Dessler and Varkkey (2009) argued that research evidences show that the best-performing companies in a wide range of industries perform well because of their high performance working. High performance working is an integrated set of human resource management practices and tools that together produce superior employee performance. Many qualitative and quantitative researches have proved that high performance working is directly influencing the overall performance of the employees by increasing their productivity. The specific objective of this system is to attain superior employee performance.

        According to Noe, Hollenbeck and Gerhert (2003), high performance working is a system in which an organization has best possible fit between their social system (people and their interaction) and technical system (equipment and processes). Pfeffer (2001) stated that implementing high performance working requires major up-front investments including training, more selective recruiting, higher wages and so forth.

The technology, the structure of the organization, people and processes all work together to gain an advantage in the competitive market. When technology changes and the functional areas of the business like transportation, communication and manufacturing are being changed, the Human Resource Management must ensure that the organization has right and talented people who are able to meet the challenges of changes. While an organization implements and maintain high performance working system, it may have to develop effective training programs, recruiting people for specific skills and encouraging organizational learning and teamwork (Noe, Hollenbeck and Gerhert, 2003).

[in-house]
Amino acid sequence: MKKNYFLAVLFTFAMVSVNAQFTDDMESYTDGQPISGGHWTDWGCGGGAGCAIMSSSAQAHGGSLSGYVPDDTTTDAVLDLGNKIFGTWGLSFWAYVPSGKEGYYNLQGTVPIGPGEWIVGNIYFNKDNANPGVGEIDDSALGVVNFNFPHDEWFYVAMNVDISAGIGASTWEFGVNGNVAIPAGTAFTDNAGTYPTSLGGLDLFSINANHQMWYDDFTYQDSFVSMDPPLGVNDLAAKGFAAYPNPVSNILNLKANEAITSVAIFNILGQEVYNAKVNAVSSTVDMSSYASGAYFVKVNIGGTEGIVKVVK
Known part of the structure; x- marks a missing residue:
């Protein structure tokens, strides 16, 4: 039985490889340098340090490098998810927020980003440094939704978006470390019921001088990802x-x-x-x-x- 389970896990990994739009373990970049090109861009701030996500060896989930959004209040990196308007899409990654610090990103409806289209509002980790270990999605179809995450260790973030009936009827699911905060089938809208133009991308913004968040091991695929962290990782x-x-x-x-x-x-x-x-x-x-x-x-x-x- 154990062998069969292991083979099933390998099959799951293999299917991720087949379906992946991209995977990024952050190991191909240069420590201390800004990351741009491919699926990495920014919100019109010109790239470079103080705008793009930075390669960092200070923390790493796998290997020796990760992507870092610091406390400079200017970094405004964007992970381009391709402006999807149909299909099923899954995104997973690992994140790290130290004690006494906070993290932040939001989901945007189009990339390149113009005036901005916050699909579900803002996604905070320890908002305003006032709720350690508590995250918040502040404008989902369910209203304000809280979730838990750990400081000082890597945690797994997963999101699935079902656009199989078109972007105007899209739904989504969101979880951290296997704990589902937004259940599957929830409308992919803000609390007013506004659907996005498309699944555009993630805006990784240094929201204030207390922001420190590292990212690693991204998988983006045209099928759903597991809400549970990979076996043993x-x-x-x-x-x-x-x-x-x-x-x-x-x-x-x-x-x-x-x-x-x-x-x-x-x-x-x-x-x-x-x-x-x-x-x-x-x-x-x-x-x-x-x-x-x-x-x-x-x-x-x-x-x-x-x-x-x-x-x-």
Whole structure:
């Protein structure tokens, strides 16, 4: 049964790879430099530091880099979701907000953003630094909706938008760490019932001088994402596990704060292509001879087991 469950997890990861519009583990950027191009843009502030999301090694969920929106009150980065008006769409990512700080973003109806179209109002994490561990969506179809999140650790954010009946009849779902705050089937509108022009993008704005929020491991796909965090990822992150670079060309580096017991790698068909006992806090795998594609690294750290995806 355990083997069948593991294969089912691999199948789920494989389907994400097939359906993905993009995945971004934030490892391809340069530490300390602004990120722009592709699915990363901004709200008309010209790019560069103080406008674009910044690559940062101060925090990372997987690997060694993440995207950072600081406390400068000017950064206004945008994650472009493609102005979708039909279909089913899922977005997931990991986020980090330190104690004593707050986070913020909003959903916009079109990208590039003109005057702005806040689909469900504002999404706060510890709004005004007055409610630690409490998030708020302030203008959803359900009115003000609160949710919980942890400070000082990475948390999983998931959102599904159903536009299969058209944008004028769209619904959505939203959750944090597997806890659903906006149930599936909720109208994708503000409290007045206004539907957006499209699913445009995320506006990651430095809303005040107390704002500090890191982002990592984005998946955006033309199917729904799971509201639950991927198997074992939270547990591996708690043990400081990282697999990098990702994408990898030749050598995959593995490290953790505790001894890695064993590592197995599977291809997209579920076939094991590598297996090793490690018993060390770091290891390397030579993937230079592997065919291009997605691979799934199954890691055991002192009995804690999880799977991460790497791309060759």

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        Several organizational outcomes including higher productivity, increased profitability, lower costs, better responsiveness to customer and greater flexibility are the results of high performance working. Implementing high performance working has become a difficult task because it cannot easily be copied from other organizations and there must be good deal of better partnering among executives, line managers, HR professionals, union representatives and employees (Bohlander and Snell, 2009).

        High performance working is a system of working that promises an increase of around 20 percent in the productivity if staffs are motivated, involved and offered autonomy (Research Forum, 2006). High Performance working generally includes selective hiring, extensive training, pay based on performance, workplace empowerment and sharing of organizational knowledge (Yalabik and Chen, 2008).

Features of High Performance working and its specific triggers

        Even though there no hard rule about what comprises of High Performance Working, most organizations and Human Resource management perceive that following are the common practices of High Performance working.

  • Employment security and selective hiring
  • Extensive training and knowledge sharing
  • Self managed teams and decentralized decision making
  • Reduced status distinction between managers, and
  • Transformational leadership (Dessler and Varkkey, 2009)

One of the main triggers of high performance working is the market problems. Fierce competition in the market and organizational disparities among counterparts play vital role in encouraging organizations to implement high performance working. During the early 1980s, when Canon and Xerox went head on head in the copier markets, Xerox introduced the practice of High Performance working to face the competition and to beat the counterpart (Ashton and Sung, 2002).

        Introduction of the new technologies remains to be another trigger for the implementation of high performance working system. OECD researches have shown that foreign ownership has also linked to the use high performance working and its wide acceptability throughout the organizations worldwide and especially in the United States (Ashaton and Sung, 2002). The market fluctuations, introduction of newer technologies and economic changes are the main triggers of High Performance working.